Acknowledge the real benefit you provide. Don’t fall into the ego trap by exaggerating your impact, but don’t minimize or deny the positive benefits either. Find the truth of the situation. Is your conscience congruently committed to the belief that you’re marketing something of real value, or have you been lying to yourself? And if it’s the latter, how can you correct it?

When your marketing message is congruent with your conscience, your motivation for promotion won’t be restrained by hesitation. When you believe that marketing is simply the right thing to do, you’ll do it eagerly, not for your own gratification but because you know you’re genuinely helping people.

VIX and the Psychology of Markets

We know that greed and fear rule the markets. But did you know that when investors gets too greedy, markets usually fall, and when investors are overcome with fear, markets usually rise. So how can when we monitor investors emotions and take advantage of investors emotional extremes?

Welcome to the world of investor sentiment analysis.

Investor psychology has been analysed for at least 250 years. Charles MacKay wrote his book, ‘Extraordinary Popular Delusions And The Madness Of Crowds’, in 1841, describing, among other manias, the herd mentality that caused the South Sea Bubble. Since then, many academics have published financial theories based on the concept that individuals act rationally and consider all available information in the decision-making process. But real life frequently demonstrates that the behavior of equity markets is irrational and unpredictable. A field known as “behavioural finance” has evolved over the years attempting to explain how emotions influence investors and their decision-making process. Studying human psychology helps predict the general direction of financial markets as well as many stock market bubbles and crashes. At the height of a period of optimism, greed moves stocks higher, ignoring business fundamentals and therefore creating an overpriced market. At the other extreme, fear moves prices lower, ignoring obvious opportunities and creates an undervalued market.

One important study, (“Aspects of Investor Psychology,” The Journal of Portfolio Management, Summer 1998) found that investors are much more distressed by prospective losses than they are made happy by equivalent gains. Some researchers theorize that investors “follow the crowd” and conventional wisdom to avoid any regret in the event their decisions prove to be incorrect.


When a stock or market index rises, we know that it means investors are more eager to buy than to sell. But how can we accurately gauge just how investors feel?

Most often, investors are somewhere between mildly positive and mildly negative, and only occasionally do they demonstrate the extremes of greed or fear. It is easier to detect emotion when it is close to either irrational exuberance or outright fear. When markets act this way, it becomes “news” and moves from the business section, to being featured at the start of the evening news, and on the front page of the daily newspaper.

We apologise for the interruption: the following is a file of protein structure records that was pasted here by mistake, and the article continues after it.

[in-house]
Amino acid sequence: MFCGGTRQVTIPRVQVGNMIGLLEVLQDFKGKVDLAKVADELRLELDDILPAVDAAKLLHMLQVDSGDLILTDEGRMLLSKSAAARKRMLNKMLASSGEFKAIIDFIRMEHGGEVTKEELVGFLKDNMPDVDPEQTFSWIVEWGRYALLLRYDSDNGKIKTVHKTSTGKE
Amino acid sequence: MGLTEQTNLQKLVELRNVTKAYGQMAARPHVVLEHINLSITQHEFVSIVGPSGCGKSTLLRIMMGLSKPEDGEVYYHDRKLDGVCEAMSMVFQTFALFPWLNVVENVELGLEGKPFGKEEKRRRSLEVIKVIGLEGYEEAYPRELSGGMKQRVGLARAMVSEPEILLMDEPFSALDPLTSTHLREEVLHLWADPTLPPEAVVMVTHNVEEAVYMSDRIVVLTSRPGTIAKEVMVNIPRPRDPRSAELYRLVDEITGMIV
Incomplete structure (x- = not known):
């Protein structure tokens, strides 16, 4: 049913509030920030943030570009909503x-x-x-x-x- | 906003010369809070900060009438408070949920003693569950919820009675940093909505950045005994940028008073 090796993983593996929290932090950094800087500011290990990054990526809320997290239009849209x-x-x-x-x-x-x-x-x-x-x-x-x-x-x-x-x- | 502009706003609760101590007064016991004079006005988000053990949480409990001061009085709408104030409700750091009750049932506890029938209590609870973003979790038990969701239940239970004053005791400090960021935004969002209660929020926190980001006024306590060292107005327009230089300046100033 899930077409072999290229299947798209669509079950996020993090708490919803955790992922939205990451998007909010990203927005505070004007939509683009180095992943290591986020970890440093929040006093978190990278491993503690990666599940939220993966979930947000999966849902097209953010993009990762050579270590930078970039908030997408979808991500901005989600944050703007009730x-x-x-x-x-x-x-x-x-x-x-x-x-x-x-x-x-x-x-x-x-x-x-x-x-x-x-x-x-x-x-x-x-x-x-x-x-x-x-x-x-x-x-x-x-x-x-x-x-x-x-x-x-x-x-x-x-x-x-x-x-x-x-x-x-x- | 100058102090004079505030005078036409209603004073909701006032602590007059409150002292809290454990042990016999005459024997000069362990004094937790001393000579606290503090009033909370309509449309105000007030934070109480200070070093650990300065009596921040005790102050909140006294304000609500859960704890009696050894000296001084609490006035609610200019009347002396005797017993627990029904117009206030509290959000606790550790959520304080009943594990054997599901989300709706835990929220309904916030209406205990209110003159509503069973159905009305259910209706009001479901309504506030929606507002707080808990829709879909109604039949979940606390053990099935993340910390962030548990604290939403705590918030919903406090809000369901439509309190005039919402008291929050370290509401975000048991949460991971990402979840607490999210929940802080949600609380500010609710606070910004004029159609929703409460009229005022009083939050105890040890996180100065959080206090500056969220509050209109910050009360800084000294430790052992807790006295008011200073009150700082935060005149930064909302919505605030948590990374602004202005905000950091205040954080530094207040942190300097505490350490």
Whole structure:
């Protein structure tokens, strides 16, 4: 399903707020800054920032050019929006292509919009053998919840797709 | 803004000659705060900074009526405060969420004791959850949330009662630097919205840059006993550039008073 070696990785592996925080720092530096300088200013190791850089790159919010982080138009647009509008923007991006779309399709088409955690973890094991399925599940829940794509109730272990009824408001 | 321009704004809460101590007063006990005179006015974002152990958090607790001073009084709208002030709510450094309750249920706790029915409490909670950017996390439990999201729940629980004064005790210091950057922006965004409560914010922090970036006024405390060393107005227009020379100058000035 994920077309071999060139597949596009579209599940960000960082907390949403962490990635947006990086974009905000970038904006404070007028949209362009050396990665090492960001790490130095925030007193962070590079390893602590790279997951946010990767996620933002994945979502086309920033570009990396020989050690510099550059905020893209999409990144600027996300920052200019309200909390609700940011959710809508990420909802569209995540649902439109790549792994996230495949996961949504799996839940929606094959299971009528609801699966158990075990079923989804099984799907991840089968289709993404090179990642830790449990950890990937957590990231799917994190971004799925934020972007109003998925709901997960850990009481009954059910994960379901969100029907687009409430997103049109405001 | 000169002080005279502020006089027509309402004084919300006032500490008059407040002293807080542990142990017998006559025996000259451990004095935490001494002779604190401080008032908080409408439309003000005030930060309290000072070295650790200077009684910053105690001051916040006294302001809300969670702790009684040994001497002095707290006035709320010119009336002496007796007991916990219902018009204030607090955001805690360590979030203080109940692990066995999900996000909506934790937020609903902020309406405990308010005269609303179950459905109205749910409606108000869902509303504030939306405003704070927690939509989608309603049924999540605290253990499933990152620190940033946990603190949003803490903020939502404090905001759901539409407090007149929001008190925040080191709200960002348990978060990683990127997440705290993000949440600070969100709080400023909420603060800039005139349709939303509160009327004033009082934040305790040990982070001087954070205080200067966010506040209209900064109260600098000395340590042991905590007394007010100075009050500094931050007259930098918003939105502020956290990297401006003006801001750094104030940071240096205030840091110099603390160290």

The success of charting as a tool, depends on investors repeating their behaviour patterns. There is always a comfort factor in doing the same as others and generally an aversion to behaving differently. Investors display herding instincts in their behaviour and this has become particularly noticeable among institutional investors. In the early stages of a rising trend in a market, positive sentiment can act as a positive driving force as everyone rushes in to join the party. However, there comes a time after the trend has been in place, when this positive sentiment acts as a warning that the trend is nearing its climax. That’s when smart investors will start switching to alternative investments.

The most sophisticated and active players in the market use derivative products to effect their transactions. These players tend to display earlier changes in emotion than most investors and normally their emotions run to greater extremes. So, derivative markets are a good source of data on investor sentiment. There are various options available on stocks, ETF’s and indexes. By using an option pricing formula, we can extract a measure of how much investors are prepared to pay for the possibility of making a profit, or hedging against a loss. This is known as implied volatility, and it provides a mathematical valuation of investor emotion. Implied volatility tends to be high (the scale is inverted) when the market has had a sharp fall and this is associated with investor fear. At the other extreme, low implied volatility often occurs after a rise in the market and when investors are becoming complacent.